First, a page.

Nearly a year after riots first erupted in Portland and a week after the latest riot, Rep. Jim Jordan (R-OH) wrote a letter demanding justice from the Department of Homeland Security. This is his second letter in two months.
The letters are addressed to Attorney General Merrick Garland and Homeland Security Secretary Alejandro Mayorkas.
First, Jordan asked to know what DHS is doing to protect federal land in the future. During the riots, a U.S. Immigration and Customs Enforcement building, the Mark O. Hatfield United States Courthouse, the Edith Green-Wendall Wyatt Federal building, the Pioneer Courthouse, and the Gus J. Solomon United State Courthouse, have all been vandalized to varying degrees.
Jordan also noted that rioters caused $20,000 in damage last week to the Portland Boys and Girls Club, which supports underserved children and families.
In that first letter, Jordan asked that Mayorkas and Garland provided the requested information, in writing, no later than 5:00 p.m. on April 12. Then, afterward, the lawmaker asked for them to provide a staff-level briefing. The deadline came and went without any communication, according to Jordan.
Now, Jordan is writing again to make his same demands. The damage is costing the city with every riot; demonstrators caused as much as $20,000 worth of damage just las week, according to the Congressman.
“Americans deserve answers,” Jordan tweeted. His letter asks the following questions:
- Please explain the Justice Department’s current efforts to identify and prosecute
individuals who are attacking federal law enforcement and damaging and vandalizing
federal property in Portland, Oregon.
- Please explain how the Justice Department, in coordination with other relevant
federal law enforcement agencies, is working to prevent individuals from damaging
and vandalizing federal property in Portland, Oregon.
- Please explain whether the Justice Department still believes Portland, Oregon, has
“permitted violence and destruction of property to persist” and has “refused to
undertake reasonable measures to counteract criminal activities.”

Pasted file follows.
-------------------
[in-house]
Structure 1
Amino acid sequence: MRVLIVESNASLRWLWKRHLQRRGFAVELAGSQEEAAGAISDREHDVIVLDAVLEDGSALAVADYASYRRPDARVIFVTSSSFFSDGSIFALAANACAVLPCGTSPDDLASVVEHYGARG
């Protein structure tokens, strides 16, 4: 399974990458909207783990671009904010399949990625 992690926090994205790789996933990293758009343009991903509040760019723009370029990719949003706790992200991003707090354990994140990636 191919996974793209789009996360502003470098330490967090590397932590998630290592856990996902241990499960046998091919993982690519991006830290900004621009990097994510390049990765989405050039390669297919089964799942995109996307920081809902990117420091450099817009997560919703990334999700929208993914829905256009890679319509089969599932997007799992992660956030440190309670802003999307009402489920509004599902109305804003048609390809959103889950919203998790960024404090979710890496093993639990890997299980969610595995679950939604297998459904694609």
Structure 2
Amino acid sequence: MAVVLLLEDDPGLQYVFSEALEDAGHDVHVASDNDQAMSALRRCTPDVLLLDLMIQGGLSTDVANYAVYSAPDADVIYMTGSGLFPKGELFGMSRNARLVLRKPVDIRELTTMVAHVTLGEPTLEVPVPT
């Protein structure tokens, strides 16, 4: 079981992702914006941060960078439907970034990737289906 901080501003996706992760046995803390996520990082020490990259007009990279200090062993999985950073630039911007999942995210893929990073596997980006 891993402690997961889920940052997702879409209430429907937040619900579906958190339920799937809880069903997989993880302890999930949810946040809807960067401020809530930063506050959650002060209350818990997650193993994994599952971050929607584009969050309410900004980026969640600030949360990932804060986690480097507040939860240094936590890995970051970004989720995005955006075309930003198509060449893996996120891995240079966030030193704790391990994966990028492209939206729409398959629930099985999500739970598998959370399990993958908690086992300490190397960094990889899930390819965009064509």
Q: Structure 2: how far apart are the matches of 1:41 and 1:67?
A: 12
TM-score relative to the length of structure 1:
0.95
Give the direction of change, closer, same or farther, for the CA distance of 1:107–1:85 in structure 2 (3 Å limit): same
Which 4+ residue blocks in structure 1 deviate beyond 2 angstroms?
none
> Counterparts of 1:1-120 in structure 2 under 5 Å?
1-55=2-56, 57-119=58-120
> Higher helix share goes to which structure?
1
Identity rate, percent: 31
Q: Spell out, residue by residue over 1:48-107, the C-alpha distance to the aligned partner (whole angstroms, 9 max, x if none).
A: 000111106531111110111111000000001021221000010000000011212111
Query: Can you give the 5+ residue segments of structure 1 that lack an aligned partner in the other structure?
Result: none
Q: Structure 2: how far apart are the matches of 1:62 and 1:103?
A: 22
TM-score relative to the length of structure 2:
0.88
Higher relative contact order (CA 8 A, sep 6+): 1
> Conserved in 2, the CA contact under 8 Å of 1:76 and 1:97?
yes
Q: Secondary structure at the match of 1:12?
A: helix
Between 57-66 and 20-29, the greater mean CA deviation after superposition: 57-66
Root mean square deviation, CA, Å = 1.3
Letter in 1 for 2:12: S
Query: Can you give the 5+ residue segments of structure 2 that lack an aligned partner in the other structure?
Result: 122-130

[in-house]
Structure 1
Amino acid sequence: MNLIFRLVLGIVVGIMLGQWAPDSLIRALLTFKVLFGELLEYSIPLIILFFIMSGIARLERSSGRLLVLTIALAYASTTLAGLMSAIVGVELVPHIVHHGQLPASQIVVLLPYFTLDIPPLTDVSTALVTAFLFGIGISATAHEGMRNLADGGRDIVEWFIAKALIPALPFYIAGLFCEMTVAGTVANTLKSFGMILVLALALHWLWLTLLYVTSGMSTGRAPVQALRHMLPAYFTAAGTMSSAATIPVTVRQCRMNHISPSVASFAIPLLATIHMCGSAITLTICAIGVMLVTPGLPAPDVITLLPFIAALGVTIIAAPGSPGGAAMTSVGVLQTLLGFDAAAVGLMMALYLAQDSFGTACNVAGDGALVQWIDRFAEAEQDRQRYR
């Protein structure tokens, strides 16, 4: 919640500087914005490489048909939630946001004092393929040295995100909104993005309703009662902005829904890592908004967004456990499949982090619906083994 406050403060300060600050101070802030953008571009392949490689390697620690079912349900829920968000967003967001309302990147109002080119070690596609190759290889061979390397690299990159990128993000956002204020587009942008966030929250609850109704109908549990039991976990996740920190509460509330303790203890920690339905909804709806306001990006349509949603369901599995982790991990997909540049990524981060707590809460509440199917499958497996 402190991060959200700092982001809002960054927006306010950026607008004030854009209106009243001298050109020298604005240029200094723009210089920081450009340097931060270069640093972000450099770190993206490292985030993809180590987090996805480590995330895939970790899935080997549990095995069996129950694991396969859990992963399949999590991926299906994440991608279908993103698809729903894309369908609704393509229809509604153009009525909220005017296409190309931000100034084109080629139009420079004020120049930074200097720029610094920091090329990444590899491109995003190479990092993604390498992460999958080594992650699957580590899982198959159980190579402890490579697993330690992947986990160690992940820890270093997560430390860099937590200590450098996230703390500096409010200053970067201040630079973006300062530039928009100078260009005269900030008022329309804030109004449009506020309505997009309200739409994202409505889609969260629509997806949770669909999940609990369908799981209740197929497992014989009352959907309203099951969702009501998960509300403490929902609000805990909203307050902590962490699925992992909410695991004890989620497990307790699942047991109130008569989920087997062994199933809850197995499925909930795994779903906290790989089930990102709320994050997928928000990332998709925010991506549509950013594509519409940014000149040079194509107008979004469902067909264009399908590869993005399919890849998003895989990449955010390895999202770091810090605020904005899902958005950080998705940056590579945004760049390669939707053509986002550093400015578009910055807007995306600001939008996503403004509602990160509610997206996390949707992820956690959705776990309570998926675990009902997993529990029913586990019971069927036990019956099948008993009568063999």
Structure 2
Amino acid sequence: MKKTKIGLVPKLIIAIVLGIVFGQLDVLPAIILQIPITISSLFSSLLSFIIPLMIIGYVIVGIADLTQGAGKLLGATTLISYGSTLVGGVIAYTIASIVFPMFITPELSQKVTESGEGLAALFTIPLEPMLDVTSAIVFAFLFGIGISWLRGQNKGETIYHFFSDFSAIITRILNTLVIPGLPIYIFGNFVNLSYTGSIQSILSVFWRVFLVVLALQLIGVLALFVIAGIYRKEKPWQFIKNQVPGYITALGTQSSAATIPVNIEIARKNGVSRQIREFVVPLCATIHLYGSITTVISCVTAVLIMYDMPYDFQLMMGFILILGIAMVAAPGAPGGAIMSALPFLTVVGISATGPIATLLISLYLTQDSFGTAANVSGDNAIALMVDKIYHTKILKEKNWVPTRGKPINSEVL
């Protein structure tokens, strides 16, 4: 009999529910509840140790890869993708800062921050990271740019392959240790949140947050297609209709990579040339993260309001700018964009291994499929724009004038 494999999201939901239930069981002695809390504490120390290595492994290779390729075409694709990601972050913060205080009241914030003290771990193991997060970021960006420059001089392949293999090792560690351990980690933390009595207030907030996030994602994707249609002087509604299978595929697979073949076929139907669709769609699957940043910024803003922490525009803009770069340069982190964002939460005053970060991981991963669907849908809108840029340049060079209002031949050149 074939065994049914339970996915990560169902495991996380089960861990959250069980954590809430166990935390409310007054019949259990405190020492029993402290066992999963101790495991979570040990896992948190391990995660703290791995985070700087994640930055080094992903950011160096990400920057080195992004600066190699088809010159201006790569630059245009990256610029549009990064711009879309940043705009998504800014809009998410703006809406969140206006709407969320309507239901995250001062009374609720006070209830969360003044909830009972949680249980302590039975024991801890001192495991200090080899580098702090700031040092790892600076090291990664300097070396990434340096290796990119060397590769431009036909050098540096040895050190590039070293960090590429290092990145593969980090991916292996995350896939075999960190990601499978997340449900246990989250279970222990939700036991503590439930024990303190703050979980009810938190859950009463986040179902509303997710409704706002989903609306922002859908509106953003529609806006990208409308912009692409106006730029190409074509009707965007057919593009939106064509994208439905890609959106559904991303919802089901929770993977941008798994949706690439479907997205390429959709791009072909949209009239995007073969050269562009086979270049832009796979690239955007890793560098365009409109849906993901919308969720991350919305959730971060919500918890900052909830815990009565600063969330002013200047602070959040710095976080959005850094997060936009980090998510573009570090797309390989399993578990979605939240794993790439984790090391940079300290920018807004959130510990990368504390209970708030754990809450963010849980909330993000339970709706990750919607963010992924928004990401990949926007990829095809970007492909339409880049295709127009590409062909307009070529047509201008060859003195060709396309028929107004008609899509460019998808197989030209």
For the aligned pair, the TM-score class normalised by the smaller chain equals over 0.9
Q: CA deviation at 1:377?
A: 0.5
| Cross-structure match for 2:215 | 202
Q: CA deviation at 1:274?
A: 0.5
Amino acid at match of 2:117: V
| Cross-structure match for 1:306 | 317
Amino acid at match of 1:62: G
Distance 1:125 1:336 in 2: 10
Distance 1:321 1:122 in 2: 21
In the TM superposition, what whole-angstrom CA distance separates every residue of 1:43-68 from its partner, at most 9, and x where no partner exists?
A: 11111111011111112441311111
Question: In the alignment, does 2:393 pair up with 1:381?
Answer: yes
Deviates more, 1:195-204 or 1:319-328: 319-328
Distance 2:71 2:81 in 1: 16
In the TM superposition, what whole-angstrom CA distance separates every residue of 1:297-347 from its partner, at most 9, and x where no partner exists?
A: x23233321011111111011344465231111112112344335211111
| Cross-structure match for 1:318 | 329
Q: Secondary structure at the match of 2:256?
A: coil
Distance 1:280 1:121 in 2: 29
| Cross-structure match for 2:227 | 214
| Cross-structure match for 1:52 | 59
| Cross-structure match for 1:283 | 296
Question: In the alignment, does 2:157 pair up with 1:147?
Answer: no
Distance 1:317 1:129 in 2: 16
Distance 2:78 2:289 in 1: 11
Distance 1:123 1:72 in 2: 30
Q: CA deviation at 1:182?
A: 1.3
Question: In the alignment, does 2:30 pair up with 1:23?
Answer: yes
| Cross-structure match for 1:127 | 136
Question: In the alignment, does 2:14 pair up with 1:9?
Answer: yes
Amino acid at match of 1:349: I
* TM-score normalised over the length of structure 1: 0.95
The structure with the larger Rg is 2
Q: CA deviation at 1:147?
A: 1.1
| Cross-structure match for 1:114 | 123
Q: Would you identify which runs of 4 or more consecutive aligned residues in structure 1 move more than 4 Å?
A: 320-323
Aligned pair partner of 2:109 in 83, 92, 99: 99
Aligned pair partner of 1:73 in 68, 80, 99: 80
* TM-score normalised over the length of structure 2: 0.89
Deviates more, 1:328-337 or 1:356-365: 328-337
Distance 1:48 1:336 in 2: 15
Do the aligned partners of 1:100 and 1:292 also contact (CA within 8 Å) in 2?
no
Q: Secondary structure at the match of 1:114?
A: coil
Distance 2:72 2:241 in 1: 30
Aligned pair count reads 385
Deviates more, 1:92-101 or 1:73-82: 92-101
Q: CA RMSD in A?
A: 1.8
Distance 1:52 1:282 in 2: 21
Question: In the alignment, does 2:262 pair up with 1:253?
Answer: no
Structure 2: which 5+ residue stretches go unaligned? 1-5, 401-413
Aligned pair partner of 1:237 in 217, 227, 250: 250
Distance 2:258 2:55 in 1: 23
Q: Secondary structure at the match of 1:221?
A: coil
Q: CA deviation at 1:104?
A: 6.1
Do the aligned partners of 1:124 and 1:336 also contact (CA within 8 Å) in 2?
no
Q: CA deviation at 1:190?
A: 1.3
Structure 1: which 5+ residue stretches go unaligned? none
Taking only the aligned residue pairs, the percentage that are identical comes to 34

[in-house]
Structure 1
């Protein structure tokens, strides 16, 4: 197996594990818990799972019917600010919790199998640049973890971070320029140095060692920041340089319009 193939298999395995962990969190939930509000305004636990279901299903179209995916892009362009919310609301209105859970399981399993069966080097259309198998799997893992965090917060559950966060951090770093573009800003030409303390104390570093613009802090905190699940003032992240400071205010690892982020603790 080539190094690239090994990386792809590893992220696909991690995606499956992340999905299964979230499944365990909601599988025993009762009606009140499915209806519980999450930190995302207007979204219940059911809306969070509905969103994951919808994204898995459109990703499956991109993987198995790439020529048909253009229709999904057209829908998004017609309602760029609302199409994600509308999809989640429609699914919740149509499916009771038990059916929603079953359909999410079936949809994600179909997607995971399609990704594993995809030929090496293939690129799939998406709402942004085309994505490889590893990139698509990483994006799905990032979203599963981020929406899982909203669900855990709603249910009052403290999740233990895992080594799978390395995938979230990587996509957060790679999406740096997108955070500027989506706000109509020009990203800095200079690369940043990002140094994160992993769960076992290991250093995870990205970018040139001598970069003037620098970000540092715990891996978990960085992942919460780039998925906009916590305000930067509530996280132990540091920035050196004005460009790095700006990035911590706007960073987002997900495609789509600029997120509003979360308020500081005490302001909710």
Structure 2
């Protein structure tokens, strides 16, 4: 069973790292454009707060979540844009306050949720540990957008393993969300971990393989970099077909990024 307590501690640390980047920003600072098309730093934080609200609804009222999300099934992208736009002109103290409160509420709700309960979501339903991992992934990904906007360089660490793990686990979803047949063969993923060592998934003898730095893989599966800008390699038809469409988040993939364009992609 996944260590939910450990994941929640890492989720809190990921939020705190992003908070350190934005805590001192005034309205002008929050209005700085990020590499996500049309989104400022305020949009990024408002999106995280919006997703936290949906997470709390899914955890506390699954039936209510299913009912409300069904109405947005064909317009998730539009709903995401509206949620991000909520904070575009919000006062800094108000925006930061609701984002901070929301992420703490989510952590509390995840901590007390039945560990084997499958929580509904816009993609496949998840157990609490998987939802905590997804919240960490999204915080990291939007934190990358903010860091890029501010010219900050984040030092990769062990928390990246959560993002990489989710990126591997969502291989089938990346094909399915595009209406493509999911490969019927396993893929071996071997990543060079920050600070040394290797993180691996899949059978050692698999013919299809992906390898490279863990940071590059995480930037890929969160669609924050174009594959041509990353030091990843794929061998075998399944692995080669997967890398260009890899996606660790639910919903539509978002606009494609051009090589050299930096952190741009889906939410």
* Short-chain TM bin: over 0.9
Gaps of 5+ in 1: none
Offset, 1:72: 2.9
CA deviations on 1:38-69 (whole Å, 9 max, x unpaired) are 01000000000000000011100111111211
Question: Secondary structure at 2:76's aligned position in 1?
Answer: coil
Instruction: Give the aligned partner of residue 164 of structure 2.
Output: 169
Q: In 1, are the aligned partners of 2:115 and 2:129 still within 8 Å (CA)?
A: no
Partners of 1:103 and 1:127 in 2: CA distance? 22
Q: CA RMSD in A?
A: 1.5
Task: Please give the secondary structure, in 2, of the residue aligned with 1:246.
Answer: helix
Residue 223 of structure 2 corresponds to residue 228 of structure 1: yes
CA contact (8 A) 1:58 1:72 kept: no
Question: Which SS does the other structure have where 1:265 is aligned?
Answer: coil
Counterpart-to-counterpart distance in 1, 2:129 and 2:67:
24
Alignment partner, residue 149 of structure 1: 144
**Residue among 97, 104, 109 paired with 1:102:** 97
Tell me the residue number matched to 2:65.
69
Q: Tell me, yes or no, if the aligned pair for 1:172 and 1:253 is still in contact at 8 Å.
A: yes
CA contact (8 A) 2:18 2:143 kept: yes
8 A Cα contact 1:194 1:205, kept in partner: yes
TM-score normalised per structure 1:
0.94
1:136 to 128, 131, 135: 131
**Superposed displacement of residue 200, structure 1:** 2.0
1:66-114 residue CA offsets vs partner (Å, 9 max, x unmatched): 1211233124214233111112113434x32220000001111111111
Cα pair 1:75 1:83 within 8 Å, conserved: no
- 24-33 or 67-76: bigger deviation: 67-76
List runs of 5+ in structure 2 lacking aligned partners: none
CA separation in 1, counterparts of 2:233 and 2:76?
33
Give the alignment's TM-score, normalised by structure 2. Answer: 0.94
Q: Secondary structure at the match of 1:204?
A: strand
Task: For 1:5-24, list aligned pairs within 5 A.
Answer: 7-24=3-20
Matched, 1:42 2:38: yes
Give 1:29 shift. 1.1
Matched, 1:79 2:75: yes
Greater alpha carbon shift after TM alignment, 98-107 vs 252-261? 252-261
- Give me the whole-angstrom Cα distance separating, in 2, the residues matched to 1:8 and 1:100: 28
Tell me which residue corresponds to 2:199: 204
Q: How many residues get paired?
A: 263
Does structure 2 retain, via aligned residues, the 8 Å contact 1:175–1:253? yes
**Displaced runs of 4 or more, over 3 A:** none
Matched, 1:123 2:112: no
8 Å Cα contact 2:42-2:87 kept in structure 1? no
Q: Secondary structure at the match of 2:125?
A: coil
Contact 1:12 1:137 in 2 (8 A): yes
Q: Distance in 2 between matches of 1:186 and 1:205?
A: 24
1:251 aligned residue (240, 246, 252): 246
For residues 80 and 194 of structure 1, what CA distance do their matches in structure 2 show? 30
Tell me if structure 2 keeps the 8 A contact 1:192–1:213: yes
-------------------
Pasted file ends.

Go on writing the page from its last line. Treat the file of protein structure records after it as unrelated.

- Please explain whether the Justice Department still believes that “peaceful protestors
do not throw explosives into federal courthouses, tear down plywood with crowbars,
or launch fecal matter at federal officers. Such acts are in fact federal crimes under
statutes enacted by this Congress.”
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Mental health crisis spikes among Afghan women after Taliban regained control two years ago
The women of Afghanistan are suffering a mental health crisis since the Taliban regained power two years ago. According to a joint report from three U.N. agencies released Tuesday, approximately 70% of women experience feelings of anxiety, isolation and depression.
The numbers continue to rise, as there has already been a significant jump between April and June of this year alone, with an increase from 57% the preceding quarter.
The report, conducted by U.N. Women, the International Organization for Migration and the United Nations Assistance Mission in Afghanistan, interviewed women online, in-person and in group consultations as well as individual telesurveys.
592 Afghan women in 22 of Afghanistan’s 34 provinces took part in the study. The Associated Press reports:
They have barred women from most areas of public life and work and banned girls from going to school beyond the sixth grade. They have prohibited Afghan women from working at local and non-governmental organizations. The ban was extended to employees of the United Nations in April.
Opportunities to study continued to shrink as community-based education by international organizations was banned and home-based schooling initiatives were regularly shut down by the de facto authorities — a term use by the U.N. for the Taliban government.
Afghanistan is the only country in the world with restrictions on female education and the rights of Afghan women and children are on the agenda of the United Nations General Assembly in New York.
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